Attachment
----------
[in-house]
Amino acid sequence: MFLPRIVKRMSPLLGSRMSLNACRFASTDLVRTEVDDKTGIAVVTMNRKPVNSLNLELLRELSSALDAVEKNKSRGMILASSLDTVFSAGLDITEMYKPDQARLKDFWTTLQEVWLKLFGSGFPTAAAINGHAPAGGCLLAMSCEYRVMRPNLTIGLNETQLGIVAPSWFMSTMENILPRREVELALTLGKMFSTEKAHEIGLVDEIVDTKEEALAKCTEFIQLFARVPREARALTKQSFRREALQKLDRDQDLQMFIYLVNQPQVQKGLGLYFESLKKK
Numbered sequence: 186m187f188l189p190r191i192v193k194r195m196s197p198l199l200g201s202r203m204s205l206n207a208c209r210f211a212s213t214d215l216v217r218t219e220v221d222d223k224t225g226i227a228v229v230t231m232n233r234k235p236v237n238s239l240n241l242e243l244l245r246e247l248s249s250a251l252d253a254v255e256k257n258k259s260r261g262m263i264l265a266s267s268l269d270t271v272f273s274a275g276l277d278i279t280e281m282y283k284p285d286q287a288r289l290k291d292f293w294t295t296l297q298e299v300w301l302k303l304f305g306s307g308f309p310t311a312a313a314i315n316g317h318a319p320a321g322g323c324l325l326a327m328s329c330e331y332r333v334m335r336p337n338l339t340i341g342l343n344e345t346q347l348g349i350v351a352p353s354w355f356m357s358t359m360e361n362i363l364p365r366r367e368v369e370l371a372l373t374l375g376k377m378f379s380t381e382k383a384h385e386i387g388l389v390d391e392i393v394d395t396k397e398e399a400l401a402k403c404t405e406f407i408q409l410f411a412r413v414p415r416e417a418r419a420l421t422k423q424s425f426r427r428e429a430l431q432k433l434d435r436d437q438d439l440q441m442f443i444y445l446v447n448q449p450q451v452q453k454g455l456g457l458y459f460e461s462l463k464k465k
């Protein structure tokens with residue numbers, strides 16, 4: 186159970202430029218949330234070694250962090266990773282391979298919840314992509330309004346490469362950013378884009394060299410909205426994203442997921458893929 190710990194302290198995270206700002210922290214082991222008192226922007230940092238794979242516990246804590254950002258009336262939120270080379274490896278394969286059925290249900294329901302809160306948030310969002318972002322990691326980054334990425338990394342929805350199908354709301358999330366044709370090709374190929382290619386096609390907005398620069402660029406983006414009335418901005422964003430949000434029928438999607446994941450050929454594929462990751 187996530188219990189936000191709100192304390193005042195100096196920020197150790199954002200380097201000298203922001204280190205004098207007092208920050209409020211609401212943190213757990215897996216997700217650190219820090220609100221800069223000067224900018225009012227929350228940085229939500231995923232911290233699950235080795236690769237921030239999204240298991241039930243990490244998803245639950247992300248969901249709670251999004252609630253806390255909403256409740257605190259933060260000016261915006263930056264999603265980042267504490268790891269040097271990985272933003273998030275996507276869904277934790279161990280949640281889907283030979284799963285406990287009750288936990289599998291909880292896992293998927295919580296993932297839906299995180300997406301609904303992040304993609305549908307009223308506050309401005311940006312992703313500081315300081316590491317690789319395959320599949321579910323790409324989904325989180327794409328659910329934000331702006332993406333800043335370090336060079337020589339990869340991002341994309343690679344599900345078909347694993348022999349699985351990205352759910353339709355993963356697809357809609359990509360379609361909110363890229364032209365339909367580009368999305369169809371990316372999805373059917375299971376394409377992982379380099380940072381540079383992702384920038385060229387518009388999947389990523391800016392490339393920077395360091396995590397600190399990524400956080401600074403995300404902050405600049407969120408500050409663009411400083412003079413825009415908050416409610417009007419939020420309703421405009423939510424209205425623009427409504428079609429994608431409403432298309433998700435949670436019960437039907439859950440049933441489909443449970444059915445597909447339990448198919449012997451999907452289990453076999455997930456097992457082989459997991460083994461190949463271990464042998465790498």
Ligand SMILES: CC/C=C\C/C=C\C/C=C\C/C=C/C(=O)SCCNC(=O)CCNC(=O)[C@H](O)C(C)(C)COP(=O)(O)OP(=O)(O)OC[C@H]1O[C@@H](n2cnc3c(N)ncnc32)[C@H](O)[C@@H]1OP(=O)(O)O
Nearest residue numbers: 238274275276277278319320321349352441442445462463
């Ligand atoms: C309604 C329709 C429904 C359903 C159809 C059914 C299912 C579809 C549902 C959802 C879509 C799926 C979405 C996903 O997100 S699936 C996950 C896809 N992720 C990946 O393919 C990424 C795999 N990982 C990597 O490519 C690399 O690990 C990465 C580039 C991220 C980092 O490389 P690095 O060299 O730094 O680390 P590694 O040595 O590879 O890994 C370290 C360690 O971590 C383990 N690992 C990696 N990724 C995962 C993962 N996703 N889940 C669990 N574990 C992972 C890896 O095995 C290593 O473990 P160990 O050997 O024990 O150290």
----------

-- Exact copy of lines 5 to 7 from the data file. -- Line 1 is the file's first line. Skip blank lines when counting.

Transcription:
Ligand SMILES: CC/C=C\C/C=C\C/C=C\C/C=C/C(=O)SCCNC(=O)CCNC(=O)[C@H](O)C(C)(C)COP(=O)(O)OP(=O)(O)OC[C@H]1O[C@@H](n2cnc3c(N)ncnc32)[C@H](O)[C@@H]1OP(=O)(O)O
Nearest residue numbers: 238274275276277278319320321349352441442445462463
């Ligand atoms: C309604 C329709 C429904 C359903 C159809 C059914 C299912 C579809 C549902 C959802 C879509 C799926 C979405 C996903 O997100 S699936 C996950 C896809 N992720 C990946 O393919 C990424 C795999 N990982 C990597 O490519 C690399 O690990 C990465 C580039 C991220 C980092 O490389 P690095 O060299 O730094 O680390 P590694 O040595 O590879 O890994 C370290 C360690 O971590 C383990 N690992 C990696 N990724 C995962 C993962 N996703 N889940 C669990 N574990 C992972 C890896 O095995 C290593 O473990 P160990 O050997 O024990 O150290």